In the second bout of the evening after four rounds of action at super middleweight, Ron Ellis (4-0, 3 KO’s) of Miami, Florida did more in each of the frames, landing the harder shots to garner a unanimous decision verdict by scores of 40-36 all the way around. In the process Ellis would maintain his unblemished record while sending counterpart Katrell Straus (2-3, 1 KO) of Denver, Colorado to certain defeat.
One minute, forty seconds of the first round is all it took for Chicago native and undefeated light heavyweight Trevor McCumby, (7-0, 7 KO’s) to dispatch his overmatched and out of shape opponent Eliseo Durazo of Agua Prieta, Mexico (4-4, 1 KO) in this scheduled four round attraction. Durazo who would taste the canvass from a left hook just seconds into the bout, would then permanently succumb moments later from a crashing right hand which would prompt the referee to call an immediate halt.
Action from the opening bell in bout four would see Oxnard, California lightweight Javier Garcia (8-2-2, 7 KO’s) drop Garden Grove, California opponent Jose Roman (14-0-1, 11 KO’s) with a big left hook after a fierce toe to toe first round. Resuming action a close quarters, Roman would turn the tables in round 2, dropping Garcia with a big right. Round 3 would witness Roman put in the better work to edge Garcia yet again, causing a cut with a solid right hand.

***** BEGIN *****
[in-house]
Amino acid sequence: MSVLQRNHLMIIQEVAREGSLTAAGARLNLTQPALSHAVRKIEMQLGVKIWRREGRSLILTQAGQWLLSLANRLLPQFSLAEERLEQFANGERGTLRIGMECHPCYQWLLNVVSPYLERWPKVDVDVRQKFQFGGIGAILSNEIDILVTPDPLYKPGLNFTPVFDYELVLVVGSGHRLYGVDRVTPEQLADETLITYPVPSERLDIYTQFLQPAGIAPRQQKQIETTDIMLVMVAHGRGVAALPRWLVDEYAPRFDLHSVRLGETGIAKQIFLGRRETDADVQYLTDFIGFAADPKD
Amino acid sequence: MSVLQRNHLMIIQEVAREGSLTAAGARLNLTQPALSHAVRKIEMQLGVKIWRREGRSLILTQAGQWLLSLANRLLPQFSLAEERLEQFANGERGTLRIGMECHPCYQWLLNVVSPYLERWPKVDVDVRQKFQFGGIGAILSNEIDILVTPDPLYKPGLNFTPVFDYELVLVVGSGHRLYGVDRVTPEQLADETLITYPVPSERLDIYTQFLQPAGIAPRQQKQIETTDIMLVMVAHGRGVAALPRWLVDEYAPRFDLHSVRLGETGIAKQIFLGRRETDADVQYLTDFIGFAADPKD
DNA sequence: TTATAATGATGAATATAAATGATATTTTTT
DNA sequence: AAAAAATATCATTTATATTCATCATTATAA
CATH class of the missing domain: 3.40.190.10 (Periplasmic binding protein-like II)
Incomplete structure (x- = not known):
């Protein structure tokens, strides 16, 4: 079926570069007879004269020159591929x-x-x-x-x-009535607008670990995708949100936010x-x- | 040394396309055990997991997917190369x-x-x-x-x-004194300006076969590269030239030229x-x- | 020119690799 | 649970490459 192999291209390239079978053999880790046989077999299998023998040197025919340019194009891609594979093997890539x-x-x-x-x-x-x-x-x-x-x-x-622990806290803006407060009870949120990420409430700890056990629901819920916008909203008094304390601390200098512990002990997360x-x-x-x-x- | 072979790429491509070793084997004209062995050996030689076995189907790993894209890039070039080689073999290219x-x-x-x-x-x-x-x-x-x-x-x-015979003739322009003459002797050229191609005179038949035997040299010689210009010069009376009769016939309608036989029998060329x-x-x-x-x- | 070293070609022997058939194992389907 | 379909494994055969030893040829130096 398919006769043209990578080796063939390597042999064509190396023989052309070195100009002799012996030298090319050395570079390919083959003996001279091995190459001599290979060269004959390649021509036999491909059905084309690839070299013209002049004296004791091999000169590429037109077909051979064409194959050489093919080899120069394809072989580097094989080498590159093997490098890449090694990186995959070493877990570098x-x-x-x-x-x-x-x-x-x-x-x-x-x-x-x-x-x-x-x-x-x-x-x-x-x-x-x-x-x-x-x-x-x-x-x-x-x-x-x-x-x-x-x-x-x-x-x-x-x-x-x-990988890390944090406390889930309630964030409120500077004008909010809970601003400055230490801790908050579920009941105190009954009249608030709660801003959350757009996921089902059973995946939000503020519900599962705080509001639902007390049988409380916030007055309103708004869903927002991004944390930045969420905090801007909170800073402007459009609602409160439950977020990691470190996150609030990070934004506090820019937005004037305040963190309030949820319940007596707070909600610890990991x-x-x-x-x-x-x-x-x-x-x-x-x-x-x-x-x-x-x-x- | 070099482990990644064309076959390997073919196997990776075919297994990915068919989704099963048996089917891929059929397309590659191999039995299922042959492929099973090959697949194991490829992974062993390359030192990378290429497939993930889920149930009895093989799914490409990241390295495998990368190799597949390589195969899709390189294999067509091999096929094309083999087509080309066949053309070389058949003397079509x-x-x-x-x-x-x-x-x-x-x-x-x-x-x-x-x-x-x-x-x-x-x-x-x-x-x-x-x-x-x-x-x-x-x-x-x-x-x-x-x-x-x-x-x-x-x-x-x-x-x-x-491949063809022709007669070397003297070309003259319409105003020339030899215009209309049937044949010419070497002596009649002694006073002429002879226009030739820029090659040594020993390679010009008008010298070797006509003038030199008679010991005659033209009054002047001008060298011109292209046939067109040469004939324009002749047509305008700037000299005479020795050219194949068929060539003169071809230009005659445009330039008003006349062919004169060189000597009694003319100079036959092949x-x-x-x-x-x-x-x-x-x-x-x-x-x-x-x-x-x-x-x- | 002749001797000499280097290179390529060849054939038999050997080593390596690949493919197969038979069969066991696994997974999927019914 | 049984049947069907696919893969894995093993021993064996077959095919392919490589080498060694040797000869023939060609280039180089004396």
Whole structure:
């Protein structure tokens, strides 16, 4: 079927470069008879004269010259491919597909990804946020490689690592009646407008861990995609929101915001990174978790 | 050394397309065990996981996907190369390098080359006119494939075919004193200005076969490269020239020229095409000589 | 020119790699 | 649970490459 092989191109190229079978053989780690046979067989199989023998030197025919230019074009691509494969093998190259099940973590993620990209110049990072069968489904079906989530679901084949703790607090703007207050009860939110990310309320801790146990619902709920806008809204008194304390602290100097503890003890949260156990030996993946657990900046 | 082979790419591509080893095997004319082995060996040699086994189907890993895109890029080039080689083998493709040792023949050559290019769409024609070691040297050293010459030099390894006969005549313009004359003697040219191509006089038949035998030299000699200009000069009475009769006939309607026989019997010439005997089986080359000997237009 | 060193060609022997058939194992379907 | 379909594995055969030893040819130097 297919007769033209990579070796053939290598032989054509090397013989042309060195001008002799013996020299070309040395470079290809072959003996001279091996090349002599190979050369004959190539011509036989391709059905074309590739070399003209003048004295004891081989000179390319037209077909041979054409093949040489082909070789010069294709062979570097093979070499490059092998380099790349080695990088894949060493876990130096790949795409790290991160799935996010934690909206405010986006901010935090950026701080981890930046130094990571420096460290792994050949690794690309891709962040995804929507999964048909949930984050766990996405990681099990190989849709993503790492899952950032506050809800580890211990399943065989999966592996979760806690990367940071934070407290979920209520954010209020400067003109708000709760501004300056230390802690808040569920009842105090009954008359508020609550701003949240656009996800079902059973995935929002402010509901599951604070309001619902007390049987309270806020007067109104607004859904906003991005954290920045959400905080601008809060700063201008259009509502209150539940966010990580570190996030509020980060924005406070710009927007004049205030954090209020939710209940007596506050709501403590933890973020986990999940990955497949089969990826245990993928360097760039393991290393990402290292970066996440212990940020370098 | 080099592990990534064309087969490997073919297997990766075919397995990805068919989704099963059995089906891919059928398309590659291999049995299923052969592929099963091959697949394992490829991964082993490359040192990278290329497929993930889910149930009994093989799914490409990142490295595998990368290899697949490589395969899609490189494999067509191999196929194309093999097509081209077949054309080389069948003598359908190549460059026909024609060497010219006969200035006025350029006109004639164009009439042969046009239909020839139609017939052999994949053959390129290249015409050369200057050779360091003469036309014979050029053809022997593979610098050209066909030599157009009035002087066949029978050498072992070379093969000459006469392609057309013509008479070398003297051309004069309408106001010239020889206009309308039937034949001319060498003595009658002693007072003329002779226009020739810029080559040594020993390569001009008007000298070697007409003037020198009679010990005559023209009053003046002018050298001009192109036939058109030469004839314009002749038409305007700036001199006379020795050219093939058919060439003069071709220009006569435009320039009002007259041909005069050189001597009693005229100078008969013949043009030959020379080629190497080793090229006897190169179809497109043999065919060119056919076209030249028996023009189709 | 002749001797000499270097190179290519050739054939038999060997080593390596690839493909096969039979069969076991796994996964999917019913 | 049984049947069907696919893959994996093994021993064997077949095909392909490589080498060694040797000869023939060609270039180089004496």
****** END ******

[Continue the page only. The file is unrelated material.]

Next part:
That cut, which in no way appeared significant enough to have the action halted, nevertheless would prompt a premature ending at the conclusion of three complete rounds culminating in another technical draw. In essence, it looked as though Team Garcia had bailed out, perhaps depriving a surging Roman of the potential victory.
Over the course of seven rounds, undefeated super lightweight Jose Benavidez Jr. (17-0, 13 KO’s) of Phoenix, Arizona looked to be on cruise control over opponent Pavel Miranda (19-8-1, 10 KO’s) of Tijuana, Mexico, controlling range and distance with a solid left jab which would set up an assortment of other intermittent blows.
However, in the eighth and final round Miranda would make it interesting, waking a complacent crowd by sending Benavidez Jr. to the canvass with a solid left hook, a blow ironically not called a knockdown. Hanging on for life, Miranda would run out of time in the scheduled eight round feature so that Benavidez would earn a unanimous decision victory by scores of 79-73 all the way around.
Featherweight Evgeny Gradovich (13-0, 7 KO’s), known as the “Mexican Russian” fighting out of Oxnard, California, would face an experienced journeyman level fighter in Jose Angel Beranza (35-24-2, 27 KO’s) of Mexico City, Mexico, who would extend the evidently transplanted Russian fighter with constant movement so as to avoid solid contact for the most part.
As the bout progressed however, blows by each man began to find their destination, although the ever pressing Gradovich would land a bit more prevalently in each of the rounds to garner the unanimous decision verdict by scores of 79-73 twice and 80-72 in this eight-round contest.
Junior featherweight “Vicious” Victor Pasillas (3-0, 1 KO) of East Los Angeles, California would pound out a four round unanimous decision over Jazzma Hogue (2-3-1) of Farmington, New Mexico by scores of 40-35 all around.
Photos: Rafael Soto